[00:04:14.680] – Sean
Got you. So you guys are charging more of like a assets under management fee?
[00:04:18.730] – Kimberly
So mostly financial advisors who are managing client assets are typically charging a managed fee, a percentage per year. And my firm, we don’t actually manage client assets directly. The role that we occupy in the market is creating new innovative products to bring to market so that investors, financial advisors can- Use them. Select one of… Yeah, exactly. Use one of the products. Most of the asset managers in the space like us do charge flat management fees. I’ll give you a range of fees just to give you a sense. The fees are higher than ETFs or mutual funds. Most of these products, the fee rates will vary from 1% on the low end, upwards of 2%. Now, some of them do charge incentive fees, so you have to take a look at that. Whether or not it’s worth it, that’s your judgment. But you do see higher price point. As you would expect, some of these private fund managers who are managing primarily institutional money, some of them are charging those institutions 2 and 20. So one of the other innovations, which is great for investors, is the price points have come down with DOL and a lot of changes in our industry, there’s definitely a lot of fee pressure, price pressure.
[00:05:37.830] – Sean
And then for investors wanting to get involved, what are some of the advantages of working with you guys?
[00:05:45.210] – Kimberly
Sure. I mean, we think that a lot of individual US investors are overallocated to primarily large cap US companies. That concentrates client portfolios and the driver driver of return is coming from one set of risk. Equity tends to be somewhat volatile. A lot of these alternative assets basically have equity-like returns with much lower volatility, much lower risk. That’s obviously the goal. Some of our clients are income investors, and so they’re saying, Well, I’m looking for a higher overall portfolio yield. How do I achieve that? They might be willing to take on more risk to achieve a higher yield. So a lot of the private credit products in the marketplace have current yields north of 8% upwards into the teens. And so you’re not going to be able to find that yield if you’re investing simply in treasuries or the Barclays Act, you’re moving further out on the risk spectrum. But that’s what clients, that’s the option that you have. And so investors who are looking at some of these products might substitute a traditional fixed income exposure, like a high yield allocation for direct lending or for asset-backed securities. So these are substitutions that people are thinking about, but clearly, there are trade offs involved.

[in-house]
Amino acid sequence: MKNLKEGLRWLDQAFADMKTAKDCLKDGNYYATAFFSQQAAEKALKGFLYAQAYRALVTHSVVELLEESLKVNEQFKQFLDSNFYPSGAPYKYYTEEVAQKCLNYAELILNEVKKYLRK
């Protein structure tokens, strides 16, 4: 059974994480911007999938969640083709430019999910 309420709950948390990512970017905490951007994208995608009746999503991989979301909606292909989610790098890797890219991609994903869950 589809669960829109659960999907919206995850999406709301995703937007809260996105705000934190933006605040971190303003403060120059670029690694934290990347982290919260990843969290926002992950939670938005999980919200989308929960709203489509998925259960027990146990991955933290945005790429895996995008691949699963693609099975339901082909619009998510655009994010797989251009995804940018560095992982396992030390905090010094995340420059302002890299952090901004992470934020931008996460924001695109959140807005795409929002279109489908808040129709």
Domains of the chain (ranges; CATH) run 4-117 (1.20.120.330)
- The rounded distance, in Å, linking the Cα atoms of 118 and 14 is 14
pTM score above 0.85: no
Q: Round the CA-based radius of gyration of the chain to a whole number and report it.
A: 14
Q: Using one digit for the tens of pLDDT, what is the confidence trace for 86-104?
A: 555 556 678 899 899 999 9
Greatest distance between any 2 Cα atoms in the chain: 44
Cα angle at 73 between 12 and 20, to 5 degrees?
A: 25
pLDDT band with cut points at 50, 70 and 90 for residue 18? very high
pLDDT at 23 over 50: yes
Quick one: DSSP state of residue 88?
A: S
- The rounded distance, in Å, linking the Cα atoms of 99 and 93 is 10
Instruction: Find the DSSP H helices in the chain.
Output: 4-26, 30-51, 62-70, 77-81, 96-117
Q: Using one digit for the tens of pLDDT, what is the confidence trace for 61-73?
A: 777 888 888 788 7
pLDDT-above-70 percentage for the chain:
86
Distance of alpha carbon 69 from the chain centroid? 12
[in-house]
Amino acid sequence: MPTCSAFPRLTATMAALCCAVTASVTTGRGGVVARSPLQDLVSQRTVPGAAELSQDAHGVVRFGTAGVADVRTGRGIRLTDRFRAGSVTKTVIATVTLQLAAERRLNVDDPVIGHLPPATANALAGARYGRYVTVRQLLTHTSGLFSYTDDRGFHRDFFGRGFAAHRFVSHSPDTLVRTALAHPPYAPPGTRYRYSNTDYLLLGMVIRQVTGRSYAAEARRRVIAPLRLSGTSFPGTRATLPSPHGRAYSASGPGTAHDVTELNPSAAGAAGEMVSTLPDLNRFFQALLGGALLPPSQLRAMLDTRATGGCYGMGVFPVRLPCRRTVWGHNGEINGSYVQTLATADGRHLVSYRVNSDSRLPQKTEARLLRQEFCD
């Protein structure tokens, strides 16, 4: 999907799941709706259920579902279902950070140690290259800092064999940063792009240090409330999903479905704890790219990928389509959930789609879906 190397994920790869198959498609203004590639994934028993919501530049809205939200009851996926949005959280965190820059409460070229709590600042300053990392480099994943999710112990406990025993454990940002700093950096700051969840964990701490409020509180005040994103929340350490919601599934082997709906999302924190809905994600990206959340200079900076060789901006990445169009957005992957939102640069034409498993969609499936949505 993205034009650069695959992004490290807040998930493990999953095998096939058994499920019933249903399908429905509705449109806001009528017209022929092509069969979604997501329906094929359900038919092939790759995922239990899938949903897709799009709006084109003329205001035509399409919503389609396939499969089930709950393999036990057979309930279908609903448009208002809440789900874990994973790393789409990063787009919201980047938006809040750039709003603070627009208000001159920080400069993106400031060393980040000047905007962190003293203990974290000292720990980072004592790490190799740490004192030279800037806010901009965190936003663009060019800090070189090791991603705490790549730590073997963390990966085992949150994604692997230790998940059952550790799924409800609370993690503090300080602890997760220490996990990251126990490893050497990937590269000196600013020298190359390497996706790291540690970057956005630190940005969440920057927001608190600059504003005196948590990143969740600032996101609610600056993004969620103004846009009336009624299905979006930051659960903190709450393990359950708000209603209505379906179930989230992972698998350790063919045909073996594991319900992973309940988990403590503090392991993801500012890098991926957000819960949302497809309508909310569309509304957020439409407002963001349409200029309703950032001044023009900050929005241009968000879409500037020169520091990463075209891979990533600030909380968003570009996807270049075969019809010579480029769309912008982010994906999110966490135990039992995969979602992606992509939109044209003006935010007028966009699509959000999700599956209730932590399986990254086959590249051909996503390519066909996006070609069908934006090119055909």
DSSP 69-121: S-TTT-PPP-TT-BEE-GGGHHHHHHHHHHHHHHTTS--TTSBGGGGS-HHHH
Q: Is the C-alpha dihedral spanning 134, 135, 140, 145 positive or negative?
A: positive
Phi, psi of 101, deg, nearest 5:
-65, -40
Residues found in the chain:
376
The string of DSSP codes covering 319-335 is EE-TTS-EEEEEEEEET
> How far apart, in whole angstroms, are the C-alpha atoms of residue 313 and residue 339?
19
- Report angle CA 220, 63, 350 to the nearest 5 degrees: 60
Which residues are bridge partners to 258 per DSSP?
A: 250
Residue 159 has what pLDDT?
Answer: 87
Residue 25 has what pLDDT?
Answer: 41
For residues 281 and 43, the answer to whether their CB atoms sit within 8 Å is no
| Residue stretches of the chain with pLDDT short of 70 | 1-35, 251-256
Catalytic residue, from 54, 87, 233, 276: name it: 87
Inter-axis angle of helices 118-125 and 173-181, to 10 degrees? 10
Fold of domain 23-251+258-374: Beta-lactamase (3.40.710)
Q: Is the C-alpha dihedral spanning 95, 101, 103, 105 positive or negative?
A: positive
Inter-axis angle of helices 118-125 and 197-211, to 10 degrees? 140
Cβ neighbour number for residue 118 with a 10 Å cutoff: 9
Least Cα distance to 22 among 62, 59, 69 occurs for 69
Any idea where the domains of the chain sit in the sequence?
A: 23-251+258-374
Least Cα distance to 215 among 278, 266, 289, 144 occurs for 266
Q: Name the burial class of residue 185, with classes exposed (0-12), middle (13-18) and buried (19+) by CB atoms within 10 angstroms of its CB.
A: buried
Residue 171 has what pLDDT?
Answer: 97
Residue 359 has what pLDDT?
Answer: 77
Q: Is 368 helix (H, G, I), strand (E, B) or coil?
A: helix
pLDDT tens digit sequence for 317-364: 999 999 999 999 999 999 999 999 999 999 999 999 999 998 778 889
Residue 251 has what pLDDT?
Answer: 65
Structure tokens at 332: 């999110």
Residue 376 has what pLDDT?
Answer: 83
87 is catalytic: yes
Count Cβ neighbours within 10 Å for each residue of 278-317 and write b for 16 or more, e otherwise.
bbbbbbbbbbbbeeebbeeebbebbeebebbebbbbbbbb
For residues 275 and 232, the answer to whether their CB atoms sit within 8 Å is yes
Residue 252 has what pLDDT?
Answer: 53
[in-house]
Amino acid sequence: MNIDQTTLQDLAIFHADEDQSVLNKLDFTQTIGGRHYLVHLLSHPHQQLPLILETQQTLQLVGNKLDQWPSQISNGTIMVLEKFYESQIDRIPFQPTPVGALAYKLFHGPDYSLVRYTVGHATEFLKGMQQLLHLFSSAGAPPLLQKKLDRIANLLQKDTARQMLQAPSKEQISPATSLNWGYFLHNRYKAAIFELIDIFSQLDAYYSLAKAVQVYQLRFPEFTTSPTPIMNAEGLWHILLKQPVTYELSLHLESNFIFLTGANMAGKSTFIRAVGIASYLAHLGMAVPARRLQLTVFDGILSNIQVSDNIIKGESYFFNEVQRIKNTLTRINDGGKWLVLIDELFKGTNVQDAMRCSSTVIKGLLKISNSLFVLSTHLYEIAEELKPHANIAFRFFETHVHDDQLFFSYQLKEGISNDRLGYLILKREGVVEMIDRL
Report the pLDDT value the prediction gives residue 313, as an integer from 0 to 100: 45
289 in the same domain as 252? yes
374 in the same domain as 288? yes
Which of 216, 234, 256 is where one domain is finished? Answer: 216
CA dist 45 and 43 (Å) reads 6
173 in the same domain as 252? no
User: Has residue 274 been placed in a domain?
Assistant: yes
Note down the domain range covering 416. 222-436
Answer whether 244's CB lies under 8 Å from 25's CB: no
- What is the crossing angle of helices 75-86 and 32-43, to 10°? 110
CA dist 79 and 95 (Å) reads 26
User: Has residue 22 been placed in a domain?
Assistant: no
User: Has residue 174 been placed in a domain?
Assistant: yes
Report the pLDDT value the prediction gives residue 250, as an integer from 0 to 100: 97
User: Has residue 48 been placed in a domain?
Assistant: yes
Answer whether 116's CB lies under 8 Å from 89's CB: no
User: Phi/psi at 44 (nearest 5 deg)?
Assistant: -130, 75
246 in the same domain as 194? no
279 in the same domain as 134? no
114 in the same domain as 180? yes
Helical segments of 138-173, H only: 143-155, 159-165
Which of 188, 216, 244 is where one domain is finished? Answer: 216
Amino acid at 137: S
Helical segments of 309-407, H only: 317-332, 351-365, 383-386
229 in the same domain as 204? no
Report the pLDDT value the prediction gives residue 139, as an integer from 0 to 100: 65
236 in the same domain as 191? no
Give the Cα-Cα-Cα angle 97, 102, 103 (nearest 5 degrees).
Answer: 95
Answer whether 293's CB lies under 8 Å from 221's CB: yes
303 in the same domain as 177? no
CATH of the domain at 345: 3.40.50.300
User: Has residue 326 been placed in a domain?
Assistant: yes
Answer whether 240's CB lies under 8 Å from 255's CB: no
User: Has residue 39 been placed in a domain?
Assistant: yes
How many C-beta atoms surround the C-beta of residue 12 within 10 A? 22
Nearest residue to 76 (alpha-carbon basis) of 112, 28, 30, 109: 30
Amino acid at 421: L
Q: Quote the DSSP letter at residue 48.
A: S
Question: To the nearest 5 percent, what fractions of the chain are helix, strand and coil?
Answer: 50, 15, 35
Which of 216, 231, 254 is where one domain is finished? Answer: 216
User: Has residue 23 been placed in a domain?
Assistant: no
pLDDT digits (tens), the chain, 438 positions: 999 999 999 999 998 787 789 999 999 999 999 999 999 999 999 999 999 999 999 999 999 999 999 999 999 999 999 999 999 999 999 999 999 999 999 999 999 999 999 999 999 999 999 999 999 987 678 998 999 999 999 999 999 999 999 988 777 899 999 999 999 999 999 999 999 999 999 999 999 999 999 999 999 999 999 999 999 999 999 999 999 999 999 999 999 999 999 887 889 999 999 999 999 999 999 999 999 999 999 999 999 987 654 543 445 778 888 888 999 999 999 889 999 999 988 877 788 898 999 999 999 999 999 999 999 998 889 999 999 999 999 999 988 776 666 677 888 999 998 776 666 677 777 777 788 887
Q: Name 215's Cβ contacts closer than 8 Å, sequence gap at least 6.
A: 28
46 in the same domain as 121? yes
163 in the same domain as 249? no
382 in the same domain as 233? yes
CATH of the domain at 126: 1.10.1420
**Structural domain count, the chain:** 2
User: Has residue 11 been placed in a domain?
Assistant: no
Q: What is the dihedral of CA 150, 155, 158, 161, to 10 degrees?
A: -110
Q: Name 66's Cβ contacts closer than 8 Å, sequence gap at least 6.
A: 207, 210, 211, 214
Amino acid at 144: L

[00:07:13.080] – Sean
Sure. Now, with What your clients would be investing in, is it a mix between public and private companies? Is it all public companies? What is the allocation percentage?
[00:07:25.180] – Kimberly
Just giving an example, direct lending, like we talked about, that can be a mix of public and private companies. As we look at the banking sector today, banks are less likely to make loans. And so private investors have stepped in to that gap in the marketplace. And so it is a mix of public and private companies that are securing their financing in a different means. And that’s really something that’s been changing just in the last three or four years. That’s private credit as one example. Another example might be private equity, which is basically even late-stage private equity. Those are all private companies, and US private companies have been staying private for longer. As we know, you have many entrepreneurs that follow you. If companies are staying private for longer, these types of alternative products are going to open the door to that opportunity. There’s a lot of wealth creation happening in the private company phase of the market. They’re waiting longer to go public. And so this is a way to capture that part of the growth cycle. Sure.
[00:08:39.350] – Sean
You mentioned yields earlier or annual returns of about 8%.
[00:08:44.340] – Kimberly
Yeah, I think it starts there for, partly because with interest rate increases over the last 18 months, now the risk-free rate is much higher than it used to be. And so these alternative credit products with more risk, they have to offer a higher yield. Starting in the 8s, moving into the teens, just relative, because you can pick up incremental yield relative to lower risk products like the Barclays Ag.
[00:09:14.480] – Sean
Right on. Do you have anything that’s, I wouldn’t say high risk, but maybe very high risk that can yield some bigger returns? We’re talking like mid to upper teens, maybe even 20 %.
[00:09:26.910] – Kimberly